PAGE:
Carnival of Mazatenango

Carnival of Mazatenango
Like many other countries around the world, Guatemala annually celebrates Carnival, a Western Christian festive season that occurs before Lent. The largest and most famous carnival celebration in Guatemala is held in Mazatenango, the capital of Suchitepéquez department. The Carnival of Mazatenango lasts for eight days, ending on Ash Wednesday.

The Mazatenango Carnival dates back to the colonial period just like most other carnival celebrations in Latin America. The tradition was brought here by Spanish settlers and then transformed under the influence of local customs. The Carnival was officially recognized by the Government of Guatemala in 1885. It has been held annually ever since with only two exceptions, 1909 and 1976.

The Carnival of Mazatenango begins on the Wednesday before Fat Tuesday (Mardi Gras) and ends on Ash Wednesday, the first day of Lent. The festivities include colorful parades, masquerade balls, the crowning of the Queen of Carnival, concerts, rodeos, and lots of dancing and music. Guatemala is one of the poorest countries in Latin America, so the floats are less elaborate than in Brazil or Argentina, but what the Mazatenango lacks in financing its participants make up with their exuberant spirit.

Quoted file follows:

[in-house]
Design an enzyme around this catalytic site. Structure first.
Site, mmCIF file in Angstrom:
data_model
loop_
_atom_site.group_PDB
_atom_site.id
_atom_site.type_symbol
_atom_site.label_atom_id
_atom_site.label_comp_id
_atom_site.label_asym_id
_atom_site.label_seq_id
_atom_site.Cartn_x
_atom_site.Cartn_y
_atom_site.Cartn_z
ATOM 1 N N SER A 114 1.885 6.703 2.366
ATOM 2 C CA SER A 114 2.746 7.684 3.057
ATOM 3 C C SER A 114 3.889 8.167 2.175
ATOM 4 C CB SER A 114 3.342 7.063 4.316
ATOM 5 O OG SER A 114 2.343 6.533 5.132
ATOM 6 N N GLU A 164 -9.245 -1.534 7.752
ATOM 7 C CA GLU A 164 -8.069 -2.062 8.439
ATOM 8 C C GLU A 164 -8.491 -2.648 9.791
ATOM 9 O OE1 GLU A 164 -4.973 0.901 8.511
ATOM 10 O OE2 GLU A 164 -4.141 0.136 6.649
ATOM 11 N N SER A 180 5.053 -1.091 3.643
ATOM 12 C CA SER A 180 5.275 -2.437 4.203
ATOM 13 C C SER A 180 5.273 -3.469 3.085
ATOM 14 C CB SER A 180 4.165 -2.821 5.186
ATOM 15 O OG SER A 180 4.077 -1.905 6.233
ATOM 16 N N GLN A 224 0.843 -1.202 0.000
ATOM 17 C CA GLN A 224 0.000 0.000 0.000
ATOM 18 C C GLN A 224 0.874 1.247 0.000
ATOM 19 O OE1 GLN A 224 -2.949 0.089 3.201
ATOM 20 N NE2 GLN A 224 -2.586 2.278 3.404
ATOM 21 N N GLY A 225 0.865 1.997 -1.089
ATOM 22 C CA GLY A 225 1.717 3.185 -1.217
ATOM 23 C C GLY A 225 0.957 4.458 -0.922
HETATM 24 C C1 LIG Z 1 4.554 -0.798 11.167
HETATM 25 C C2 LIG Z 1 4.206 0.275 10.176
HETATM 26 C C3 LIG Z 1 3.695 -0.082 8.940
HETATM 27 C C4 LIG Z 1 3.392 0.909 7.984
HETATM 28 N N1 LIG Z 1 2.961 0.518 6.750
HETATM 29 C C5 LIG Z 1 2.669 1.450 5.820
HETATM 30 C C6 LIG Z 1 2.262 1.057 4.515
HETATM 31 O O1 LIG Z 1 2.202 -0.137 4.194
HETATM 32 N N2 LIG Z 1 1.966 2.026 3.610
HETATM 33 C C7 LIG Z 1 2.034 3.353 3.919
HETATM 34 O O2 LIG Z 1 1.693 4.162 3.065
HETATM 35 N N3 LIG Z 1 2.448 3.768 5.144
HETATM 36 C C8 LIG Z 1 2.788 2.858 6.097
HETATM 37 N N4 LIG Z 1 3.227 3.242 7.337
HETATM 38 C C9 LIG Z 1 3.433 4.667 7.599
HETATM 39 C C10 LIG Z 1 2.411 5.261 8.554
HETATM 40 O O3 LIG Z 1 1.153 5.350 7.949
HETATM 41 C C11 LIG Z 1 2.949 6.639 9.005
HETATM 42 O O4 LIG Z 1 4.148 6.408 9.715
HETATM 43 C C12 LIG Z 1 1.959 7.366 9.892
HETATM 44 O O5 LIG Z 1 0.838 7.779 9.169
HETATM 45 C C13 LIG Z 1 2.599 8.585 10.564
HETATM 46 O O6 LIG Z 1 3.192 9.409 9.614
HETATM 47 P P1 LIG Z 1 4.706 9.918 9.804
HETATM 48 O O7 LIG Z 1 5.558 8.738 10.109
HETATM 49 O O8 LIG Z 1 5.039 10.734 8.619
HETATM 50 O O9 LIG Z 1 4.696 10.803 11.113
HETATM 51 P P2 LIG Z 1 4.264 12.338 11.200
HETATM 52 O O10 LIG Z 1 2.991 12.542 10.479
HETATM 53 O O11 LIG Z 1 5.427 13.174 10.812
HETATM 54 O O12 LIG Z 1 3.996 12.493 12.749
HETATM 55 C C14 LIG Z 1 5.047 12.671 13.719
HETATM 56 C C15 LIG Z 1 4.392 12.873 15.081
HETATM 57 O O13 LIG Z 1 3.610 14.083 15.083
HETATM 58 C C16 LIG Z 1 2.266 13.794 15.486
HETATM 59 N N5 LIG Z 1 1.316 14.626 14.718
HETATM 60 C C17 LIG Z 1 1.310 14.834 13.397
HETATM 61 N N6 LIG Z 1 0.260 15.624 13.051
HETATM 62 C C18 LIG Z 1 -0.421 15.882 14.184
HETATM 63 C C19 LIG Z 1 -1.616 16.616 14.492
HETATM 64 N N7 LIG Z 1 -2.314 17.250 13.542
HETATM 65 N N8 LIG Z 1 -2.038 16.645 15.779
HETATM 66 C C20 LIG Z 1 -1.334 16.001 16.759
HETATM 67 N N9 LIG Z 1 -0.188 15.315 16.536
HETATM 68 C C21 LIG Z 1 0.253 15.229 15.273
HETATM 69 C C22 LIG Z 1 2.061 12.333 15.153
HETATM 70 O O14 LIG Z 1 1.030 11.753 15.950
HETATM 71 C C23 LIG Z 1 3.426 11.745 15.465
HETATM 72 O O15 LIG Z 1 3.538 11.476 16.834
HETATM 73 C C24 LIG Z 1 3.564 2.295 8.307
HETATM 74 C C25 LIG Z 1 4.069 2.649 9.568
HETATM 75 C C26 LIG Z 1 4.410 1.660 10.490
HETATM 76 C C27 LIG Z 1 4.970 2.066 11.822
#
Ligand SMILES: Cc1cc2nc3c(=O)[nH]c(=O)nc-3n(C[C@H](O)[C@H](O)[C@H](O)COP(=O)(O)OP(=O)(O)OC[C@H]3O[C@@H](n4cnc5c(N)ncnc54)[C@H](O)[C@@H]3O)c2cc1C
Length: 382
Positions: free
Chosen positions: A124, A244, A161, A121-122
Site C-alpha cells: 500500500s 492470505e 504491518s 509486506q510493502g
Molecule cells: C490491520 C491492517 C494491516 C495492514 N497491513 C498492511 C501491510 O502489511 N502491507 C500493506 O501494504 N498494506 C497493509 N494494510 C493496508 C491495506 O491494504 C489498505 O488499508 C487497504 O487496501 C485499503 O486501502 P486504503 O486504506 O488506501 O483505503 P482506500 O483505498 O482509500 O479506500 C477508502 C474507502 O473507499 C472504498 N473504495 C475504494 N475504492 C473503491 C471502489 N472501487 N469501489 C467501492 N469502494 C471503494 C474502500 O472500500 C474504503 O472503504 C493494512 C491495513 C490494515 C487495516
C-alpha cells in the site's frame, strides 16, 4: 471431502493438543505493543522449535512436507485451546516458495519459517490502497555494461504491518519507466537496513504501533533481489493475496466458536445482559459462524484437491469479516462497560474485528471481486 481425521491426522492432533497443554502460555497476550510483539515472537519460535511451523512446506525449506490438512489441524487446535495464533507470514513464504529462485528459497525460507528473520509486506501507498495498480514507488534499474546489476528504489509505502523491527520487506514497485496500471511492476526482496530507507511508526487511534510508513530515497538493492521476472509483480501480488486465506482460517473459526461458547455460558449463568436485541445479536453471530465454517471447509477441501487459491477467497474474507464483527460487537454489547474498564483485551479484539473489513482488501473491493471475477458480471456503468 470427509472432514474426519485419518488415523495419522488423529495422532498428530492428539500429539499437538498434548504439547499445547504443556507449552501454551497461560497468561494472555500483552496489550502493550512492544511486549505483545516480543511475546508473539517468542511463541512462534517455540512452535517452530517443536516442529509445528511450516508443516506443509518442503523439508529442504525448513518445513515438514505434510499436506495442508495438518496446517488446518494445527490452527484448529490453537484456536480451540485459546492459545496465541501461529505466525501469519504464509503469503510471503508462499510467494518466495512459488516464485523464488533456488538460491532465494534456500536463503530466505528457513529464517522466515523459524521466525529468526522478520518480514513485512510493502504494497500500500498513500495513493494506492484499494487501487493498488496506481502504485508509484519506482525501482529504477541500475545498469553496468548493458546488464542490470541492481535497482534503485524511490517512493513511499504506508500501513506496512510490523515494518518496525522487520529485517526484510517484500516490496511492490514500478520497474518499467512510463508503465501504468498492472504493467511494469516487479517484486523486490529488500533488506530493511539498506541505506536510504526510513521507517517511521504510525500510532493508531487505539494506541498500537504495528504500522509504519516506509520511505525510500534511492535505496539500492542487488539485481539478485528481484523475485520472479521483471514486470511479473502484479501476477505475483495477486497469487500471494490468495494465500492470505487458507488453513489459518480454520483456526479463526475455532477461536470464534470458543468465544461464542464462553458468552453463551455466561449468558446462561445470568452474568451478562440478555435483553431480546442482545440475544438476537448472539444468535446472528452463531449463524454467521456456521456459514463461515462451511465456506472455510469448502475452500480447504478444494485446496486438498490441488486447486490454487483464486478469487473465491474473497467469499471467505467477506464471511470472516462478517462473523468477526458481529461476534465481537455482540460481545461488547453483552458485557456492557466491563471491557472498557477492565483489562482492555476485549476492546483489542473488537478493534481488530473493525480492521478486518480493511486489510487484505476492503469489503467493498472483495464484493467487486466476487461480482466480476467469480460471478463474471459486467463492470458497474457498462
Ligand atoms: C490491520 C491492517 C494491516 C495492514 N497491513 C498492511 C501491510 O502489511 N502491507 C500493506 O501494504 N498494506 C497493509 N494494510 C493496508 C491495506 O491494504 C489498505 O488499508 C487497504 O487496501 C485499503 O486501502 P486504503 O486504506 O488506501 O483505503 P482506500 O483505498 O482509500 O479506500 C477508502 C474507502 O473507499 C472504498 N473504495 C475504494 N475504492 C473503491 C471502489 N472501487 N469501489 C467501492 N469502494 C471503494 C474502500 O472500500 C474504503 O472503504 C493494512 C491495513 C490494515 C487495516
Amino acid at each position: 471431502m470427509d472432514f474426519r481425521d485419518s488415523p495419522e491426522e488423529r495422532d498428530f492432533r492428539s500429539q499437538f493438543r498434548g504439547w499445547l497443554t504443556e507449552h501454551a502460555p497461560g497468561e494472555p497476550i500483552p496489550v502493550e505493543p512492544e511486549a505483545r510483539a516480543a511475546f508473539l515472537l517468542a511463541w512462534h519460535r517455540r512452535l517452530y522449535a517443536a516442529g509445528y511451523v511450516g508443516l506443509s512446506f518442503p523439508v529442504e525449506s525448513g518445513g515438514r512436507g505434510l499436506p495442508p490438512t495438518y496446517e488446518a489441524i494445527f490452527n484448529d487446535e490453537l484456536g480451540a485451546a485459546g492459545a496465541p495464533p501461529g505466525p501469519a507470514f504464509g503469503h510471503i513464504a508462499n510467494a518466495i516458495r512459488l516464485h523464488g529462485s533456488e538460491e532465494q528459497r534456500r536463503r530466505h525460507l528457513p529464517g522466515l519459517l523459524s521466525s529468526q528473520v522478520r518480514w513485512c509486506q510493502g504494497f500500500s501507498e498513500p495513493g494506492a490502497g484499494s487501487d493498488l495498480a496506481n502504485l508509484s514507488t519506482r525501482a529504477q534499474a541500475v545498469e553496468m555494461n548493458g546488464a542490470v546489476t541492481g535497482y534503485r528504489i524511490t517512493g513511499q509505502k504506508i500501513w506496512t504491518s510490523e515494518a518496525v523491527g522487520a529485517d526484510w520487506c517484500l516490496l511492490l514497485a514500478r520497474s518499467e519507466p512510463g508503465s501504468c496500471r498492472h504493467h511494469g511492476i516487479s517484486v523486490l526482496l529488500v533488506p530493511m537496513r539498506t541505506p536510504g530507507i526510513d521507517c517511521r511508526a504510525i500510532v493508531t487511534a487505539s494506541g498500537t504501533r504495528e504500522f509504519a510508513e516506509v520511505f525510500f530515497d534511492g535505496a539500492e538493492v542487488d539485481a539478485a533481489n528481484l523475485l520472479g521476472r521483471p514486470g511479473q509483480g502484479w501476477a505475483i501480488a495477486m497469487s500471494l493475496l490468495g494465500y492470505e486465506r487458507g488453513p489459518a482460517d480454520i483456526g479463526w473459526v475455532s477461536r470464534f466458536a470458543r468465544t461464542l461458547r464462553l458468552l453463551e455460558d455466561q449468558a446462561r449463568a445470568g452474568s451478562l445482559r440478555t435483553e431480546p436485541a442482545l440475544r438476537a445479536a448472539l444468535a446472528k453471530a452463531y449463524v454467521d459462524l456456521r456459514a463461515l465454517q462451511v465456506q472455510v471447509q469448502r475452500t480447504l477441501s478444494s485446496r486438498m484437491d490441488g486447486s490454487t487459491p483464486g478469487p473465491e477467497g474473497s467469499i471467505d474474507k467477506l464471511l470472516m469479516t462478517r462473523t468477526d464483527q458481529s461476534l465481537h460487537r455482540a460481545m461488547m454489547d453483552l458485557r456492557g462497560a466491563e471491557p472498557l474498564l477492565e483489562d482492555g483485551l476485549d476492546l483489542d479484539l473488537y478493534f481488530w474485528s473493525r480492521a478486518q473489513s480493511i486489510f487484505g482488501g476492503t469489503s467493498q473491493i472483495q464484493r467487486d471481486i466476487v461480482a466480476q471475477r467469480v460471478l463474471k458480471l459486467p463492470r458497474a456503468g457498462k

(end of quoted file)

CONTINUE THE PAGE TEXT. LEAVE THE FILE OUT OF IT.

The epicenter of the festivities is the city’s main square. Vibrant processions pass through the center of Mazatenango, filling the streets with joy and holiday cheer. They include floats, dancers in colorful costumes, musicians playing traditional songs of both local and European origin, and more. When the parade is over, thousands of people gather at the fairgrounds where games, delicious local foods and energetic music make the massive street party even more enjoyable.

One of the most interesting carnival traditions in Guatemala is cascarones. Cascarones are brightly colored eggshells filled with confetti. Guatemalan children dress up in costumes, carry cascarones around and smash them on unsuspecting people’s heads, leaving their hair full of confetti. Most schools do not allow cascarones but only bags of confetti which are safer, but cascarones are still used in private parties.

Carnival of Mazatenango

Photo: Víctor Manuel Armas




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